Class is in Session: Institutional Grants History 101

development grant management grant writing May 13, 2024

by Sharonda Adams, Grant Writer at Granted

Picture yourself in your 11th-grade history classroom. You’re sitting at your desk as your teacher delivers the lesson of the day, intermittently pausing their lecture to pose questions to you and your peers. You’re probably surrounded by a few different types of history students: the student who eagerly takes notes with one hand, their other hand perpetually raised as if held there by an invisible string; the student who appears to be awake and watching the presentation yet is far away drifting in a daydream; and the student with their head resting on crossed arms as drool slowly creeps down the side of their desk, reminiscent of a wet slug. I’m sure you thought you left history lessons behind once school was over, but what if I told you that history is an important part of your nonprofit life? 

You may have heard the phrase “Those who don’t learn from history are doomed to repeat it.” Regardless of one’s fondness for (or disinterest in) the study of history, this phrase is especially applicable to grant-seeking organizations. Tracking your organization’s grants history—meaning keeping a detailed record of previous applications and their processes and outcomes—provides knowledge that can be analyzed to facilitate future grants success. 

In the grants landscape, well-recorded past submissions can be used to avoid inconsistent messaging and to ensure that funders receive the most up-to-date, compelling data about your program. This approach is crucial to demonstrating consistent, positive growth and impact year-over-year.  

Even denied applications can serve as valuable learning experiences, especially when they include feedback you can leverage to adapt and improve future proposals. Not incorporating such feedback moving forward can, at best, fail to communicate the alignment of your mission with the funder’s objectives and, at worst, diminish your relationship with them. 

It's also important to recognize that neglecting record-keeping harms internal efficiency. Prioritizing institutional grants knowledge helps you avoid reinventing the wheel for each grant application, especially for those that ask for your organization’s fundraising history. Additionally, not tracking institutional grants history can lead to nonprofit organizations wasting time researching previously vetted opportunities or accidentally submitting multiple inquiries to the same funder within a single funding period. Simply put: These mistakes jeopardize your chances of receiving funding, not just once, but in the future as well.

In addition to maintaining an accurate record of your grants history, it is crucial to make sure you are tracking it effectively. Envision your historical grants record as a library of knowledge that exists to improve your fundraising strategies and obtain greater financial success. Well-functioning libraries use classification systems like the Dewey Decimal Classification or the Library of Congress Classification to ensure that individuals can find exactly what they need without sorting through thousands of books. Even among nonprofits that track their grants history, many may lack a clear classification system. Instead, they rely upon folders full of haphazardly created spreadsheets, which can ultimately increase disorganization. At the end of the day, your organization’s historical grants record-keeping should be organized so that it would receive an A+, even from professors with the most austere, Severus Snape-esque demeanors.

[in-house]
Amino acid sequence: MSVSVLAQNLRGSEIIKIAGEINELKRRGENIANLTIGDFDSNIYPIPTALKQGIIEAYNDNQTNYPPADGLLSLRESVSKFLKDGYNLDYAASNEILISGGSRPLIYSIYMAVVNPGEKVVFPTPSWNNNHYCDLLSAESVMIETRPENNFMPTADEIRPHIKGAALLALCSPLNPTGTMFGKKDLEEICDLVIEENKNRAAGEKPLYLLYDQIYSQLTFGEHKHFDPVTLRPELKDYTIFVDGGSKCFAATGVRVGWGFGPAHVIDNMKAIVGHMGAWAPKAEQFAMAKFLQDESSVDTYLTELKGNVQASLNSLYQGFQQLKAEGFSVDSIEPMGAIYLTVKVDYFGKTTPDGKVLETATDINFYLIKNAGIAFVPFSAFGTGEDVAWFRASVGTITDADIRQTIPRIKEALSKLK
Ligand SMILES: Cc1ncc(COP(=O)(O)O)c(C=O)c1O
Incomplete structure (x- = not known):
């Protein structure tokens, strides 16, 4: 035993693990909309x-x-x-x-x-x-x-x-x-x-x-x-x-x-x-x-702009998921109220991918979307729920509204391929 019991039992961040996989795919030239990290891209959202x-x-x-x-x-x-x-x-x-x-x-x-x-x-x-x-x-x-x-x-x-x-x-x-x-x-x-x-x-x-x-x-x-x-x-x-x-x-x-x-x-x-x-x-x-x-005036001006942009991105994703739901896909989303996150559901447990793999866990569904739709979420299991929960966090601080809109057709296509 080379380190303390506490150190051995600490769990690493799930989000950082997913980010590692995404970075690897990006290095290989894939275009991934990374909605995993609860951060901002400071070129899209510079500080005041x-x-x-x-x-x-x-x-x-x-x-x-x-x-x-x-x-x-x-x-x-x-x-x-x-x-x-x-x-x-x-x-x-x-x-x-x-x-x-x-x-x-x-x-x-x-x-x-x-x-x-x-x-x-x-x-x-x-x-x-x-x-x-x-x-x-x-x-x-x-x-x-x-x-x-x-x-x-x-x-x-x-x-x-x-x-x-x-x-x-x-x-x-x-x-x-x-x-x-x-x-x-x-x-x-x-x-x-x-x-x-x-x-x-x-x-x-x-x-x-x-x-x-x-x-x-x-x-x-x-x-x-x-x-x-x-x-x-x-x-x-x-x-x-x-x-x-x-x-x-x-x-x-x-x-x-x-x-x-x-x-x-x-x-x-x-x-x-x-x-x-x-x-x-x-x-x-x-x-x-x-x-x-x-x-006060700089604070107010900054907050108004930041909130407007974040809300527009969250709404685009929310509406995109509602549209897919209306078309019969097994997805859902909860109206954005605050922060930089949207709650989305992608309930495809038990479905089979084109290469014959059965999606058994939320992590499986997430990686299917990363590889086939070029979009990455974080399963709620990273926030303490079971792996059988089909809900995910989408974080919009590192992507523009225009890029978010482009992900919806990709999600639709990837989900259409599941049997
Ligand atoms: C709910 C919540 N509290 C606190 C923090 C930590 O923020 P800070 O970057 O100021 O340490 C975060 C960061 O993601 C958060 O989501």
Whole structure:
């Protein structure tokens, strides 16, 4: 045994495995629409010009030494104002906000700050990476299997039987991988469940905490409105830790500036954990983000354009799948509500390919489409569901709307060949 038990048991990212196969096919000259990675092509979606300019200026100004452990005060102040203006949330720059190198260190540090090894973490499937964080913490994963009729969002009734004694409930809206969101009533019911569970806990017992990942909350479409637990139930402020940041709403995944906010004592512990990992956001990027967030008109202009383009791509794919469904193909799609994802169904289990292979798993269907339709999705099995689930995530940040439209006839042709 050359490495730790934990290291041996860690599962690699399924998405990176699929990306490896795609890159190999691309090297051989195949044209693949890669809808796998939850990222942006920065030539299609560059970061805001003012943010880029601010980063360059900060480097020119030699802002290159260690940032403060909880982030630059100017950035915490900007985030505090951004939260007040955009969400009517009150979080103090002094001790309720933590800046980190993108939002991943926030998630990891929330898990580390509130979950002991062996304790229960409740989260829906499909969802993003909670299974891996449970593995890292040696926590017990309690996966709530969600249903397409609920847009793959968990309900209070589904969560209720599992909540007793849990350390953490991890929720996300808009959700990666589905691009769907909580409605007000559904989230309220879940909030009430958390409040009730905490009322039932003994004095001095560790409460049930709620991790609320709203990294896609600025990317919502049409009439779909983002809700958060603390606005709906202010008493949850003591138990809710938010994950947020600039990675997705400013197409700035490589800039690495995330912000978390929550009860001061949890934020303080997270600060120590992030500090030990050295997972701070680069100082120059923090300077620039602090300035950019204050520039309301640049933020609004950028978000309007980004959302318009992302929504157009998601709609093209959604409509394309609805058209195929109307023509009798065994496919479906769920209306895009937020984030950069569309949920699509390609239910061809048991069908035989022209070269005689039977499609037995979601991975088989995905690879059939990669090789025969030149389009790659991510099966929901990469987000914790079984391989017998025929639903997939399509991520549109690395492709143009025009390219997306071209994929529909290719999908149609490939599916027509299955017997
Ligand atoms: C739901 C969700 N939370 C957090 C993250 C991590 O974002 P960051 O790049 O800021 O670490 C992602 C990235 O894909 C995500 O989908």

I highly recommend utilizing a project management software as an efficient alternative, enabling your organization to optimize it’s grants management by consolidating grants history, outcomes, and future planning all in one place. (Here at Granted Fundraising, we keep detailed grants records using our own classification system within a project management program to ensure our clients’ institutional memory is protected, up-to-date, and always available.) 

I admit that I myself was one of the history class cowboys, hands locked and loaded, ready to fire off questions and ideas at my ever-indulgent teachers. However, even if you dreaded history class, think of grants record-keeping as your opportunity to redefine your relationship with the subject. I hope this article has shown you that prioritizing your institutional grants history can be an effective way to improve your organization's fundraising efforts, and most important, benefit your organization long-term.